B-1 Lancer bombers from Guam flew over the Korean Peninsula Friday in response to North Korea's increasing ballistic missile and nuclear threat, according to the US Pacific Air Forces.
North Korea test-fired an intercontinental ballistic missile
(ICBM) Tuesday, with US intelligence classifying the rocket as a brand-new missile that has not been seen before, a big step in Pyongyang's quest to field a nuclear-tipped missile capable of hitting the US mainland.
"North Korea's actions are a threat to our allies, partners and homeland," Gen. Terrence O'Shaughnessy, Pacific Air Forces commander, said.
"Let me be clear, if called upon we are trained, equipped and ready to unleash the full lethal capability of our allied air forces," the general said.
South Korean and Japanese warplanes as well as US F-16 fighters joined the US bombers for parts of Friday's mission, during which the bombers used inert weapons to practice attacks on a South Korea firing range.
The B-1 flight over South Korea follows a familiar pattern. Friday's was at least the sixth since April, all to show US resolve in the face of North Korean missile tests.
Pressure not working on North Korea
But they don't appear to have given Pyongyang any pause in building its missile program, with last Tuesday's test apparently its most successful to date.
"There is no amount of military pressure alone that will compel Kim Jong Un to volunteer to eliminate his nuclear and missile programs," Adam Mount, a senior fellow at the Center for American Progress, said after B-1 flights in late May.
Mount told CNN then that the US hasn't given North Korea any "red lines" it cannot cross, meaning the Kim regime has no reason to stop moving ahead with its nuclear missile program.
"I don't draw red lines," US President Donald Trump said Thursday in reaction to the North Korean ICBM test.
"I have some pretty severe things that we are thinking about. That doesn't mean we are going to do it," Trump said.
Calling Washington's bluff
Robert Ross, a Boston College professor and East Asia security policy expert, foreshadowed the current situation when he spoke to CNN in early June.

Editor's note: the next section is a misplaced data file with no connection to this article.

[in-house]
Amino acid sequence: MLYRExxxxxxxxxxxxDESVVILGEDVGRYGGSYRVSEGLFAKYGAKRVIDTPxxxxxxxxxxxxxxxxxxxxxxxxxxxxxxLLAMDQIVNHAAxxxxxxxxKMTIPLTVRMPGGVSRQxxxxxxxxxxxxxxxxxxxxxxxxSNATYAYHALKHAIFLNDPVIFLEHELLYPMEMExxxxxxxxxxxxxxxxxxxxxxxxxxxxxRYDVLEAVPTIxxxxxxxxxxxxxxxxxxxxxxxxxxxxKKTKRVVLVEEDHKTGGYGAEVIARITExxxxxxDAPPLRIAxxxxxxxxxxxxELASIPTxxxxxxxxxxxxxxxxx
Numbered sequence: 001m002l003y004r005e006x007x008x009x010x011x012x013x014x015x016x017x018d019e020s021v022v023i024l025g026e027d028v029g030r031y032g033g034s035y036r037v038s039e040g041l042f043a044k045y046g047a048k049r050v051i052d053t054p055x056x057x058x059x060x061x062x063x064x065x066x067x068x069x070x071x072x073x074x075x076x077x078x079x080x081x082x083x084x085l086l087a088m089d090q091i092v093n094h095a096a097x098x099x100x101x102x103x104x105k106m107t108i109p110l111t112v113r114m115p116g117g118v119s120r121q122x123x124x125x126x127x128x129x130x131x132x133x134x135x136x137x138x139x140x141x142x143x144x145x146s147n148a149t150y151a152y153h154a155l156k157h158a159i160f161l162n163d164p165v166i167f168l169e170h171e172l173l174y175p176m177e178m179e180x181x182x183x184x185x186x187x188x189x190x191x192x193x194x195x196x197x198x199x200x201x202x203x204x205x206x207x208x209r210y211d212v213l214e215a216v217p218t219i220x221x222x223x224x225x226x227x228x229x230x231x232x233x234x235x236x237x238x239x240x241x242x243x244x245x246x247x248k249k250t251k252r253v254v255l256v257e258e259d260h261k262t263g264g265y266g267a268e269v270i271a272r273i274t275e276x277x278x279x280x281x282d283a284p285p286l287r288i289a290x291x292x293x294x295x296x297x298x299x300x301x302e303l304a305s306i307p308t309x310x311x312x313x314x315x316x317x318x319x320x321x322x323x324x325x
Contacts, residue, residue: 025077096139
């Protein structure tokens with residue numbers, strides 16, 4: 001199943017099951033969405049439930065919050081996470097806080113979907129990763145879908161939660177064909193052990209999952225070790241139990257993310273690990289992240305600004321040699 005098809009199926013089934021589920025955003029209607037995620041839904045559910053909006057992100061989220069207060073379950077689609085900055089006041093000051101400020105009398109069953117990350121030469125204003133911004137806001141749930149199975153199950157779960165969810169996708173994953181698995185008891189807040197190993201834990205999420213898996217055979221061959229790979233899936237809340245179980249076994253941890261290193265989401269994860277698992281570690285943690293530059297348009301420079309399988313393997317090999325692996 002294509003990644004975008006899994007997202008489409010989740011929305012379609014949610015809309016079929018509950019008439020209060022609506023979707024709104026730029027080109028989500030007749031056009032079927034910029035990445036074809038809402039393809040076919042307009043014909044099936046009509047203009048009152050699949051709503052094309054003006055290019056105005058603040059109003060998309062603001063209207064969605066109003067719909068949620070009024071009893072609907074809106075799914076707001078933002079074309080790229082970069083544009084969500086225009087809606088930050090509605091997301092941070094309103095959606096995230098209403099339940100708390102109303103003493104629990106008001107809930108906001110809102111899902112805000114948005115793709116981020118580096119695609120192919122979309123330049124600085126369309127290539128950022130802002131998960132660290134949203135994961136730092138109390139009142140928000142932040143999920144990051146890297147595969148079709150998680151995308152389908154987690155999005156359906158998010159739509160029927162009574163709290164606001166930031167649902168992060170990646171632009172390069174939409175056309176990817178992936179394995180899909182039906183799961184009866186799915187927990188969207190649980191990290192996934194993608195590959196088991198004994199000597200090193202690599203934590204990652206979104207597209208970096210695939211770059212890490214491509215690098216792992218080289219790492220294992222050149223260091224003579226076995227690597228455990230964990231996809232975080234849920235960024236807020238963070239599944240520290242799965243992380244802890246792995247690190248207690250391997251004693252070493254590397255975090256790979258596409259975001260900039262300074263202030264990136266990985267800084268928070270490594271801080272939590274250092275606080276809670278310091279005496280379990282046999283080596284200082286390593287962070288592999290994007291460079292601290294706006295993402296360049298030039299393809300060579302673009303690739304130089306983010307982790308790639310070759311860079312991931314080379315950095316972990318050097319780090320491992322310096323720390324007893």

"North Korea will call our bluff, the US will draw back from using military force, and North Korea will continue to develop their nuclear program," Ross said.
Experts have pointed to China, North Korea's longtime ally, as possibly having enough leverage to rein in Pyongyang.
But US military actions in the South China Sea are antagonizing Beijing.
Last Sunday, a US Navy destroyer sailed within 12 miles of a disputed island
in the South China Sea that is claimed by China, a US military official told CNN.
China called the action "a serious political and military provocation." The US "stirs up trouble" and runs "in the opposite direction from countries in the region who aspire for stability, cooperation and development," a statement from China's Foreign Ministry said.
The US Air Force said Thursday's B-1 bomber flight over the South China Sea
was "to exercise the rights of freedom of navigation."
China's Foreign Ministry said it had no specific information on that flight, but added, "we are firmly opposed to saber-rattling that harms China's sovereignty and security by certain countries on the pretext of freedom of navigation and overflight."
Thursday's flight of B-1s over the East and South China seas was a two-part mission, the US Air Force said.
In the first part of Thursday's mission, the B-1s were joined by two Japanese F-15 fighters and carried out a cooperative mission over the East China Sea -- an area both Japan and China claim as their own.
The Japanese Air Self Defense Force claims that the mission was not intended to send a message to any specific country despite previous face-offs in the East China Sea with Chinese ships and warplanes.